It seems that crowdsourcing is fast becoming the "next big thing." Whether you call it "social answers," "help engines" or something else, there’s a growing trend of asking those in your network to help you out with advice. Heck, there’s even a new search engine being built around the concept!
I spotted two interesting uses of crowdsourcing over the last 24 hours. First, AdWeek writer Marian Salzman decided that an article on how Dominos could repair its damaged reputation would be best constructed if the she tapped into the wisdom of the crowds. She sent out requests to numerous places and ended-up with some concrete reputation management advice.
I’ve personally been quiet about the Dominos saga–I’ve simply been too busy–but it was easy for me to add my 2-cents to the list of great advice:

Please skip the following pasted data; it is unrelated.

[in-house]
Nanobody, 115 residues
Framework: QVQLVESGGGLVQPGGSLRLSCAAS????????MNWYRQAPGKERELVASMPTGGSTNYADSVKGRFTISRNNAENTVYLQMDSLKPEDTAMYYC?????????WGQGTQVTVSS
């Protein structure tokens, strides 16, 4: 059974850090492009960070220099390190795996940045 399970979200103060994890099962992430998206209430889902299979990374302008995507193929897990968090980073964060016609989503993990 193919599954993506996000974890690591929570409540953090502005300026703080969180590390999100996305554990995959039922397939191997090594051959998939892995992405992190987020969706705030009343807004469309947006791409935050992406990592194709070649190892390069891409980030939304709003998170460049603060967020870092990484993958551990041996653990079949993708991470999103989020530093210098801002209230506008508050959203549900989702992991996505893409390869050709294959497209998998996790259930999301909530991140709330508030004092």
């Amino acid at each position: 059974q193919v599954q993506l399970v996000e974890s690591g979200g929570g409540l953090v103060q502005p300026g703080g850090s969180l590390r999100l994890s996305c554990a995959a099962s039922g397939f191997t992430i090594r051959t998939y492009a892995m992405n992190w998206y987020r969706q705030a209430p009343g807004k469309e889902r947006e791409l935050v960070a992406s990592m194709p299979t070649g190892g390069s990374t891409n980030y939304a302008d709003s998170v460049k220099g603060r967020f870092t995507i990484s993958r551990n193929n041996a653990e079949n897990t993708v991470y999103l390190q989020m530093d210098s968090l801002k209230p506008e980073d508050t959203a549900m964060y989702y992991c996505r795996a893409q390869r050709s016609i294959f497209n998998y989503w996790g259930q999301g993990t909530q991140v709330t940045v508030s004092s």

If Domino’s really wanted to be creative in its response, record a video of chef Gordon Ramsay conducting one of his notoriously pedantic inspections of the kitchen in question. With Ramsay’s seal of approval, Domino’s customers would feel comfortable ordering pizza again.
Next up, I see that Robert Scoble used crowdsourcing to get suggestions for search engine optimization. He ended up getting a great list of practical references and even Google’s Matt Cutts personally helped out–how’s that for getting free advice!
Now, before you all rush off and think of new start-ups based on crowdsourcing, a word of caution. While technology driven resources such as Google have an infinite desire to answer your questions, your social networks don’t. Answering the questions of friends and followers is still a novelty. The real test will be whether we all end up suffering from what I call "participation fatigue" and get sick of answering the questions thrown out to the crowd.
Have you seen any other examples of successfully using crowdsourcing to get advice?